Lakeside Lutheran High School will host a formal/semi-formal dress resale open to the public on campus Sunday, January 12, from noon to 4 p.m. Much of the proceeds will go to support the school’s upcoming spring and summer Operation GO mission trips.
Organizers are in the process of displaying upwards of 50 dresses in various sizes, styles and colors; some still have their retail tags. Dresses are either donated or consigned and will sell for $25 each or less; sellers can take up to $15 of dress proceeds; some are donating dresses in full. The sale will be held in room 515 in the school; signs will direct on the day of the sale. There will be space and privacy for shoppers to try on dresses. Cash or check will be accepted as payment.
Donated proceeds from each sale will support this year’s OpGo program that is in the midst of organizing 82 Lakeside students in 11 teams for spring or summer trips. Teens will go and assist church efforts in 10 different locations, from mission sites in Costa Maya, Mexico, Arizona and California to New York and New Jersey, from Anchorage, Alaska to New Orleans, helping with a variety of mission activities, from teaching VBS to sharing church info in neighborhoods to assisting with summer sport, STEM and art camps. For more information about Operation GO, visit www.llhs.org/opgo.
The public is encouraged to join in the afternoon of shopping. Anyone wishing to donate or consign a dress needs to contact organizer Jodie Schommer before the weekend at email@example.com. Lakeside Lutheran is located at 231 Woodland Beach Rd. Lake Mills WI 53551.
While the family of Lakeside Lutheran High School look forward to the blessings a new year brings, there’s value—and fun!—in reviewing the past year. The LLHS good news team took its annual look at the 57 news stories and 595 other Facebook posts shared in calendar year 2019 and narrowed them to 10 newsbits that garnered the most attention or celebrated God’s blessing on our school, students, and LLHS community. Enjoy the year in review . . . from the end of 2019 back to the beginning.
November: LLHS significantly exceeds expectations in DPI study
Your LLHS ranks 29 out of 428 private schools who participate in the choice program, according to the State Department of Public Instruction report cards for private schools. They assess schools based on student achievement, improvements in achievement, and potential post high school success. For the 2018-19 school year, Lakeside Lutheran High School received an overall score of 84.8, which is a 5-star rating of “significantly exceeds expectations.”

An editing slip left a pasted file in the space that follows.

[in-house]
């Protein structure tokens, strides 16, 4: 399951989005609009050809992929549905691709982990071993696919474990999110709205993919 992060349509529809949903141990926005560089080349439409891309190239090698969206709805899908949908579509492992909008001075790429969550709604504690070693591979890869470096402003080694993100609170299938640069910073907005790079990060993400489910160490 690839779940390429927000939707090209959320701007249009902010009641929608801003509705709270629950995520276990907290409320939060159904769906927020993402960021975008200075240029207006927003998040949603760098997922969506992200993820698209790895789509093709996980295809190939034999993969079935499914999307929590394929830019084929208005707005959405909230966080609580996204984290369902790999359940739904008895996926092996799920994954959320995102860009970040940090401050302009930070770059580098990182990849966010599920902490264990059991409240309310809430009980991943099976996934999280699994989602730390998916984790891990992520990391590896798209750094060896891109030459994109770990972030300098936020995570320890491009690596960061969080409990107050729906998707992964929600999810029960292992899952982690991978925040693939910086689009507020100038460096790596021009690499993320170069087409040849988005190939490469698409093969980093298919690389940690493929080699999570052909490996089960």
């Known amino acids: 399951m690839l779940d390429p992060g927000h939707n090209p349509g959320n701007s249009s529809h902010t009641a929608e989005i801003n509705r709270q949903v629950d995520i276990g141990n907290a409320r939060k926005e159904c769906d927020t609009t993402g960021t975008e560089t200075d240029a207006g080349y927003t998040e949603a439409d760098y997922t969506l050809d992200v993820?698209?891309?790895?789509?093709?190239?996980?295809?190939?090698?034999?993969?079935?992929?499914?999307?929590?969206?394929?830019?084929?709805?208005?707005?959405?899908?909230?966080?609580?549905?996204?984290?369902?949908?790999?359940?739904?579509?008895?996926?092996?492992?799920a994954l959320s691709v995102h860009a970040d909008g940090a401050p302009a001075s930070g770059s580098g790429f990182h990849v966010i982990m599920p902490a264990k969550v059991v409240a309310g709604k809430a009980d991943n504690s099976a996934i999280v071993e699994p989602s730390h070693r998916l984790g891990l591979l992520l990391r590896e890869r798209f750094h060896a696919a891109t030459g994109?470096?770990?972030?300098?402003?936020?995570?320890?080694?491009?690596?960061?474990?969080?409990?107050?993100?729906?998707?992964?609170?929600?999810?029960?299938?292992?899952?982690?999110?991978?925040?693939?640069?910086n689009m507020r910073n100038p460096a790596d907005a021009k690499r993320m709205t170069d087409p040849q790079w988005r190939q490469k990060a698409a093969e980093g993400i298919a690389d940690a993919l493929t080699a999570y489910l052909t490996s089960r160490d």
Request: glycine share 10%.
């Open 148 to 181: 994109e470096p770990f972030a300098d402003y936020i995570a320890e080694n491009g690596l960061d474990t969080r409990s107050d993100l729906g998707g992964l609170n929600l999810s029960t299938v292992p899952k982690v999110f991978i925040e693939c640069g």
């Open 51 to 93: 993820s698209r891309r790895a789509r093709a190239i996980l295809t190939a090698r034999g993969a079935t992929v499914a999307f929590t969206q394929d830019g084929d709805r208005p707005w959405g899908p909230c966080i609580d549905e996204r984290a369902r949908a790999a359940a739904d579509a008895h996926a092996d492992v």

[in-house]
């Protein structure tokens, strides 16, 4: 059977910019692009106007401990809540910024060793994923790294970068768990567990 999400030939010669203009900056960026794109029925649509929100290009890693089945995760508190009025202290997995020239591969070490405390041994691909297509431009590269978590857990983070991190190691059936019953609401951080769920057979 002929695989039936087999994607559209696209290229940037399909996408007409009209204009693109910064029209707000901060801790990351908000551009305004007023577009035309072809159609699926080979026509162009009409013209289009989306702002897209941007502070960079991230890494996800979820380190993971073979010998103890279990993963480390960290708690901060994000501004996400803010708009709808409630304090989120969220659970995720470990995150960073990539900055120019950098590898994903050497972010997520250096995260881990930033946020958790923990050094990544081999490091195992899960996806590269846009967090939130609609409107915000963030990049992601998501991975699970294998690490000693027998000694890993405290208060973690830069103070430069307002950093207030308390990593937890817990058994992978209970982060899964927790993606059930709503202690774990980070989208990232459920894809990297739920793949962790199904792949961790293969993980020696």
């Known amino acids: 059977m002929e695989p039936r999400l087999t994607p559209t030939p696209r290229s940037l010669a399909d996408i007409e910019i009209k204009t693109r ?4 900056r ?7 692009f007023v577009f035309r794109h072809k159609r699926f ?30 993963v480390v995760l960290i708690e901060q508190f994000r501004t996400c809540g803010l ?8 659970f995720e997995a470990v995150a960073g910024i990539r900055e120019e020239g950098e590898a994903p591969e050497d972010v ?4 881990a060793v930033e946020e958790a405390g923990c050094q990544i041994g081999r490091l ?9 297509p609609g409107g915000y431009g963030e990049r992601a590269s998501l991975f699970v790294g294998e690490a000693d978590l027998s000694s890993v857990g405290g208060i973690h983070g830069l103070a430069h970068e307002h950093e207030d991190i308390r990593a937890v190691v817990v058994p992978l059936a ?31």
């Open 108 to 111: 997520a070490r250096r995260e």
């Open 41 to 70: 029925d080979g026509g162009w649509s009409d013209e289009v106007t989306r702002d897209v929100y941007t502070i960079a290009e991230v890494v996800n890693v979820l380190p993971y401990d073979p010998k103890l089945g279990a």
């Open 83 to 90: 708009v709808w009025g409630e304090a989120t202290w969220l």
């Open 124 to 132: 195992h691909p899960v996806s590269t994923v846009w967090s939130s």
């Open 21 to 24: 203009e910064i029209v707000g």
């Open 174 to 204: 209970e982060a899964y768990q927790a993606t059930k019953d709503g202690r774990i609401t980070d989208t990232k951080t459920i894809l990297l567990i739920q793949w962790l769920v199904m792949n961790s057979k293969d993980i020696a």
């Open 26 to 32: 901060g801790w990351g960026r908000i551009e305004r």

November: First-ever cornhole tournament benefits teens’ mental health support
Student members of the Lakeside Lutheran National Honor Society hosted a cornhole tournament on campus to raise awareness and funds for teen mental health. In partnership with social service agency Christian Family Solutions (CFS), Lakeside hosted “Tosses for Teens” on Nov. 17 that had a two-fold purpose—to raise funds (over $3,500!) and to bring awareness of the growing need for mental health support for teens.
On the summer band trip, the Warrior Band scored the highest among all bands—scoring 93/100 points, and took first place in its class at the Cherry Royale Parade, Traverse City, Mich.
July: Full-time Executive Director begins work
Kirk DeNoyer accepted the call to serve as Lakeside’s first full-time executive director. While the principal is responsible for the educational side of Lakeside, the Executive Director will be responsible for the business side of Lakeside—all the programs and services that support the educational side.
Student members of the Lakeside Lutheran National Honor Society recently hosted a cornhole tournament on campus to raise awareness and funds for teen mental health.
In partnership with social service agency Christian Family Solutions (CFS), Lakeside hosted “Tosses for Teens” on Nov. 17 that had a two-fold purpose— to raise funds and to bring awareness of the growing need for mental health support for teens. With more than 60 teams paying to participate and sponsorship, concessions and a bake sale, and donations from Lang Group Realty in Lake Mills, a Thrivent Financial Action Team, Kwik Trip, WalMart, and an anonymous $1,000 matching donor, well over $3,500 was raised for the cause.
Statistics from the American Academy of Child and Adolescent Psychiatry show that one in five young adults live with a mental health condition that can include anxiety disorders, behavior or mood disorders or substance use disorders. Lakeside students facing these challenges qualify for up to five free sessions with a licensed professional Christian counselor. Many meetings take place via a secure video program, allowing students to receive these services at school in a private location. CFS serves 28 high schools and prep schools across the nation with this type of counseling through its Member Assistance Program, which the tournament proceeds went to support.
The team that won the tournament was comprised of two Lakeside teachers, Eric Dorn and Nate Sievert. Other participants won drawings and other prizes including a costume competition. Several NHS senior officers— president Ryann Burger, Lake Mills; treasurer Kyle Doering, Lake Mills; vice-president Megan Reinke, Watertown; and secretary Carter Schneider, Lake Mills—worked with the group’s advisor and school Guidance Director, Andy Rosenau, to coordinate the event. A photo gallery of the day is at llhs.smugmug.com/LLFamily.
Lakeside Lutheran National Honor Society is dedicated to the development of scholarship, leadership, service, and character. NHS members plan and perform various service and leadership activities throughout the school year, such as a Christmas toy drive for foster families, Adopt-a-Highway clean up, Leukemia & Lymphoma Society “Penny Wars” and more. Students are first eligible for selection at the end of the sophomore year. Candidates need a cumulative GPA of 3.3 or higher, at least three leadership roles, several hours of community service, and character references. For more information about NHS or Lakeside Lutheran High School, contact Principal James Grasby at 920-648-2321 or firstname.lastname@example.org.